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A letter to Don Doyle

Dear Don: A couple of weeks ago, I went with Jim May and a cohort of wonderful people to Oaxaca for his annual storytelling retreat. It was really great! Since I usually tell folk tales, I set up for myself the challenge of creating a personal story. I created a story about how I fell in love with my husband, Marc. It was pretty great! I’m honing it for various audiences, now and I’m happy to have started a nice little collection of personal tales – for all ages.

While I was in this retreat, I thought about you a lot. I recalled what a wonderful mentor you were to me, not only in storytelling but in theatre generally and in theatre for young audiences particularly. I will never forget playing Mother Watson in Rags to Riches. That was so fun! And I recall making some epiphanies and break throughs as an an actor in that production, too. I also remember great chats in your office about the responsibilities of teaching drama to young people, and what an honor and thrill it is to do something that you love, and share that love with young people. That really describes my career in TYA and Theatre Ed to a T. I have absolutely loved what I do.

I started a creativity drama camp 16 years ago, and that is still going strong: the Frogwarts Creativity camp, three one-week sessions of immersive drama, where we create an improvised story that takes a whole week to build, play in real time and space, and resolve Good over Evil (so far!) It is a wonderful experience, with well planned, collaborative, devised drama – and the subject of my dissertation research. Yep, I’m working on a doctorate in Educational Leadership for “Learning and Change.”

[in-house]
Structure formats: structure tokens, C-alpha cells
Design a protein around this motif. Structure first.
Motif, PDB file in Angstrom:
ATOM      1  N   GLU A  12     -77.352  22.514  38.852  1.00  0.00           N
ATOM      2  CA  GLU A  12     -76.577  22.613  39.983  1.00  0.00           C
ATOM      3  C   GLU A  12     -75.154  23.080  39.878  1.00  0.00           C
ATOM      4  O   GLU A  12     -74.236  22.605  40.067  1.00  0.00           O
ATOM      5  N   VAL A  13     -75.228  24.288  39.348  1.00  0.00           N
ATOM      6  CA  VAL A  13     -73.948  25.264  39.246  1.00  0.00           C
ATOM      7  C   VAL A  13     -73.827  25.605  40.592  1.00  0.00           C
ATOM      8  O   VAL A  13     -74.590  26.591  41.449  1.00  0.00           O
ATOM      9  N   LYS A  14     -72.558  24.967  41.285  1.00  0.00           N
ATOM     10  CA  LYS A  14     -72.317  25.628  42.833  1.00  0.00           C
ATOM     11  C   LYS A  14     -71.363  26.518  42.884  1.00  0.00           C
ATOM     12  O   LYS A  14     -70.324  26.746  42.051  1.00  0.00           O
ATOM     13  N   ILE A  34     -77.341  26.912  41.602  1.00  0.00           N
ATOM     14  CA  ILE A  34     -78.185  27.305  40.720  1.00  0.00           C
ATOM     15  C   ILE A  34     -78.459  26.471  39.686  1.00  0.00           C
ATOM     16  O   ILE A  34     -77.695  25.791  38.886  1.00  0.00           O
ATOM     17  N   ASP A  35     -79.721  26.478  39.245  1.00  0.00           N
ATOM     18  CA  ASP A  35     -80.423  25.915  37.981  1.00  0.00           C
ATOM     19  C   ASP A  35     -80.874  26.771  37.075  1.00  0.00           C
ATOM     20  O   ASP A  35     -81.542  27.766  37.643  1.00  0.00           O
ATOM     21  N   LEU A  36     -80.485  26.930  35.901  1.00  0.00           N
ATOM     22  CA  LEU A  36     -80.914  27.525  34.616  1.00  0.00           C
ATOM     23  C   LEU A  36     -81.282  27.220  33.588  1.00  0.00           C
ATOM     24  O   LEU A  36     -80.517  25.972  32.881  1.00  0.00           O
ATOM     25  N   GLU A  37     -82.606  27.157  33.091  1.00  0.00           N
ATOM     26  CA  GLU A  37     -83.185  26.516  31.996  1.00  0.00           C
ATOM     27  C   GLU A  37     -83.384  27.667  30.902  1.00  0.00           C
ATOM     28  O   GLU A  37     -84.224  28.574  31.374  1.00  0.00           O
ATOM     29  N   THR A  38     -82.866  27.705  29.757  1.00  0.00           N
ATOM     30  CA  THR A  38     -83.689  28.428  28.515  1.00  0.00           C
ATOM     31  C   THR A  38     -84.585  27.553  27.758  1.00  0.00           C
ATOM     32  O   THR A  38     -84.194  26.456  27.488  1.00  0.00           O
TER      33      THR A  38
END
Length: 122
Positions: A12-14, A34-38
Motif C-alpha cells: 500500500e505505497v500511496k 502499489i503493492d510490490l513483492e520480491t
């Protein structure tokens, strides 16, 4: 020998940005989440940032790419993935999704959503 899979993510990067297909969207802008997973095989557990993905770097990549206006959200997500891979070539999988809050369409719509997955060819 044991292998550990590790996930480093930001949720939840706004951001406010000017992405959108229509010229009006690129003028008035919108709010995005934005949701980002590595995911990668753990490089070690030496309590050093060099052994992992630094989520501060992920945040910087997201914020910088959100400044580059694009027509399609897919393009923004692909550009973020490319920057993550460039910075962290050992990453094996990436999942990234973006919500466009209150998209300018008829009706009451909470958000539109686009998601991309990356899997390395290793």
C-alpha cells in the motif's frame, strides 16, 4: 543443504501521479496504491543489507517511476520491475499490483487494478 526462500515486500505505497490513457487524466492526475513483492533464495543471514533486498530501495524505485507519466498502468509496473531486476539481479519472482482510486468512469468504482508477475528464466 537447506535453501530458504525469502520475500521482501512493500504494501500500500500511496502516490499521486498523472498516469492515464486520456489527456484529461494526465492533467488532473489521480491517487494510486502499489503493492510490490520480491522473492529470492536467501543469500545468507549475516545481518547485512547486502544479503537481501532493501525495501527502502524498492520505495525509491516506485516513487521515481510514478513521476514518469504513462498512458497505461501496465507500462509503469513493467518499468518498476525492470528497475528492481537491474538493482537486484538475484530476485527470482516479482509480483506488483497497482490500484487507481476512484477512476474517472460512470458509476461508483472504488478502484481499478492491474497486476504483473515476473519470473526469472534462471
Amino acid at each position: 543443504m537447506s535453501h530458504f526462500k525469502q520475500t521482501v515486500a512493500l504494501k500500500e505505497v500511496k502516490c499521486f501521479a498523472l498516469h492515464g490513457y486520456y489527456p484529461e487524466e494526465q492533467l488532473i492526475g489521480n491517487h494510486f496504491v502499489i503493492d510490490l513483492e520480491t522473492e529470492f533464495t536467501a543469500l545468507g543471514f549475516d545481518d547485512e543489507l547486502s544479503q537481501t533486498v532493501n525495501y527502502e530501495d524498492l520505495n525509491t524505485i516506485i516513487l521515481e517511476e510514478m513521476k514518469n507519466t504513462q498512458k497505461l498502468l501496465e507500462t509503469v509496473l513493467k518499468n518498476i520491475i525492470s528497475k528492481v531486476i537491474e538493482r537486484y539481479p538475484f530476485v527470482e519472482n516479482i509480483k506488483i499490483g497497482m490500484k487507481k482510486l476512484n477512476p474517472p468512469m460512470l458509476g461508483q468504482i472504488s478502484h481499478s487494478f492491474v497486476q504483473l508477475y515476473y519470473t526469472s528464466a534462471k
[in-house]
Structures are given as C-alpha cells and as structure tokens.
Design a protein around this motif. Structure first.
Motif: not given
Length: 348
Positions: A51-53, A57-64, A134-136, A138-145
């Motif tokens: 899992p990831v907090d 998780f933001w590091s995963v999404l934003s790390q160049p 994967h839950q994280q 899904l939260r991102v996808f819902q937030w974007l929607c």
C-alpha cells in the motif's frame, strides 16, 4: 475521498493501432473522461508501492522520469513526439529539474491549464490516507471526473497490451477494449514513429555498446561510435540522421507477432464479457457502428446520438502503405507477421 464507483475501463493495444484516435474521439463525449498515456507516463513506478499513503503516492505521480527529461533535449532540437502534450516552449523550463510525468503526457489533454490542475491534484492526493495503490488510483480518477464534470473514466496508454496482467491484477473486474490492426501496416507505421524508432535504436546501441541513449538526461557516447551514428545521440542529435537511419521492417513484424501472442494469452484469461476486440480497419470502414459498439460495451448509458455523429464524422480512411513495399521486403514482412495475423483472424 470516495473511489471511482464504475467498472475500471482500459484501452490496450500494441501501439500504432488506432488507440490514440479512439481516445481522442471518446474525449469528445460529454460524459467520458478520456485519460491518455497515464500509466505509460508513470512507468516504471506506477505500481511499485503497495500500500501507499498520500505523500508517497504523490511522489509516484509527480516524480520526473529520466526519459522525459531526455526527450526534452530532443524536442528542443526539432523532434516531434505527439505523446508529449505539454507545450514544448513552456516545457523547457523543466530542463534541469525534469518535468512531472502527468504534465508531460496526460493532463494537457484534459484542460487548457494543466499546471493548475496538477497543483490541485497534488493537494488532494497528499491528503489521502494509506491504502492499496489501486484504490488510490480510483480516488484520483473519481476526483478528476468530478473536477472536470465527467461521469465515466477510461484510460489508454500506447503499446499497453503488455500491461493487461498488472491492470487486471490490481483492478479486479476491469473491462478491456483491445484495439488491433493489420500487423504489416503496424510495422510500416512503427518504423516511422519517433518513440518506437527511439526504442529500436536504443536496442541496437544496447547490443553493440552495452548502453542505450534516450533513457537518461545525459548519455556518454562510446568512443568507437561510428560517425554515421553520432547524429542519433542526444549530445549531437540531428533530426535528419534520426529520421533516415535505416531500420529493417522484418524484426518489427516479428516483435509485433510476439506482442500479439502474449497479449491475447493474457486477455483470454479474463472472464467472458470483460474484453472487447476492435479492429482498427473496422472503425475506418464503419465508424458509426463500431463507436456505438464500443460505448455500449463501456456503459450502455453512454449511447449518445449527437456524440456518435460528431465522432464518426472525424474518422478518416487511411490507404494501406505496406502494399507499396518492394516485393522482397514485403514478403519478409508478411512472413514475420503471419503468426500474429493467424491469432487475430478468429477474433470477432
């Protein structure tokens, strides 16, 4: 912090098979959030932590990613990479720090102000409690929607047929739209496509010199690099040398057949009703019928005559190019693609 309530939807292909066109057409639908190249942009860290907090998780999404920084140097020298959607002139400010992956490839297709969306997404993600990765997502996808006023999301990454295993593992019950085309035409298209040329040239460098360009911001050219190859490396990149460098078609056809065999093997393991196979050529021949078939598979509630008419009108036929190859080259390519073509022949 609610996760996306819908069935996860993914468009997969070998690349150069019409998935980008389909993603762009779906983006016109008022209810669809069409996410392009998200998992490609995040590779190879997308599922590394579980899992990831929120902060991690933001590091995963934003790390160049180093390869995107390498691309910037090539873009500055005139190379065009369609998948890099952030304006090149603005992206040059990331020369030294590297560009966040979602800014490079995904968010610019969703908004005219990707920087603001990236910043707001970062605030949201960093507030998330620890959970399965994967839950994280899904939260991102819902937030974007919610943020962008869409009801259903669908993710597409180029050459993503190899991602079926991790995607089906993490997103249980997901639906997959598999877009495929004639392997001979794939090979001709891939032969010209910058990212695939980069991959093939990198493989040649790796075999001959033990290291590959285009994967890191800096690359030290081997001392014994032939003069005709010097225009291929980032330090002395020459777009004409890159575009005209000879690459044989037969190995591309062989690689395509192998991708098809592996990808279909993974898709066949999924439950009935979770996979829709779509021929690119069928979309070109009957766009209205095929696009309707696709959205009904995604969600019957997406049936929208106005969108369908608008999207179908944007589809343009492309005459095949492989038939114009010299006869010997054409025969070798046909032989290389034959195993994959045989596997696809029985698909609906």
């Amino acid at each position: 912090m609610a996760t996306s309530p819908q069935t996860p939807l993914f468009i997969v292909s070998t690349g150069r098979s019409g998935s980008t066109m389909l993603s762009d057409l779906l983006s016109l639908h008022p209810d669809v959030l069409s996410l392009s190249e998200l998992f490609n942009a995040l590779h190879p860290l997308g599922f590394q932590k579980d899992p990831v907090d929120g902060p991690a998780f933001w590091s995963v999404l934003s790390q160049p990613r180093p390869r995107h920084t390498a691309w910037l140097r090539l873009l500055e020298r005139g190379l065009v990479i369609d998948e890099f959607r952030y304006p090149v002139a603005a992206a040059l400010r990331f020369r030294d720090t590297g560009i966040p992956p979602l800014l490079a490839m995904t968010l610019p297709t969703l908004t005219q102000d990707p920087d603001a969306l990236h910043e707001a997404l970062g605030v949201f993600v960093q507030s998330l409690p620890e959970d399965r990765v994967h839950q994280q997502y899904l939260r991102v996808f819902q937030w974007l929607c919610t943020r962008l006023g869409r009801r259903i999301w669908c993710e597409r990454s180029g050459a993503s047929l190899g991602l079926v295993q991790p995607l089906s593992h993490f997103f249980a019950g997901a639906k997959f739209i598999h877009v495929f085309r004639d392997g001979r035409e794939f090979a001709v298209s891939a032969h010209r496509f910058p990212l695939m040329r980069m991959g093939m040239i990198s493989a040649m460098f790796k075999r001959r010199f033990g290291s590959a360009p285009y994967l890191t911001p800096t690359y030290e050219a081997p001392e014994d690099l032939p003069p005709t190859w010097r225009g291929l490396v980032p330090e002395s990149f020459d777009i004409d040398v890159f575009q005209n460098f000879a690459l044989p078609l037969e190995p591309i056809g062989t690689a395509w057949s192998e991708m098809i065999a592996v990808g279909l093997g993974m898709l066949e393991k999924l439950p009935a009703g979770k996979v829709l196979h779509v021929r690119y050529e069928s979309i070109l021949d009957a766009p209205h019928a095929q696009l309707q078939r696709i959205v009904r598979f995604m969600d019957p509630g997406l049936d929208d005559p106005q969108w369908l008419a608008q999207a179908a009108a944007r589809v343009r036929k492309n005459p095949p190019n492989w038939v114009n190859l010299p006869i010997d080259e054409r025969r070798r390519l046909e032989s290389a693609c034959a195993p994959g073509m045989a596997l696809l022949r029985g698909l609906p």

Recently, I decided to leave the University of Dubuque and seek a position in a bigger school, someplace else. Being a one-person program is exciting but exhausting and I was ready for a new adventure – hopefully someplace warmer than Iowa! I am very excited to be joining the theatre faculty at California State University in Bakersfield this fall, doing TYA and Theatre Ed. You can bet I’m planning to bring in storytelling, too!

Anyway, I just wanted to thank you for being such a brilliant mentor to me, a loving man and a wonderful person. I wish I had kept in contact more regularly, but … I was busy living the life of a theatre artist / Mom / wife / teacher … and all that. And the time FLEW BY!!! Now I’m a grandma!!! My grandson, Magnus Elliott Muehleip was born in January and his presence on this earth has renewed my faith in humanity and reignited by passion for working with children and stories. I only hope I have inspired others as you have inspired me.

I think of you often, and with great love!


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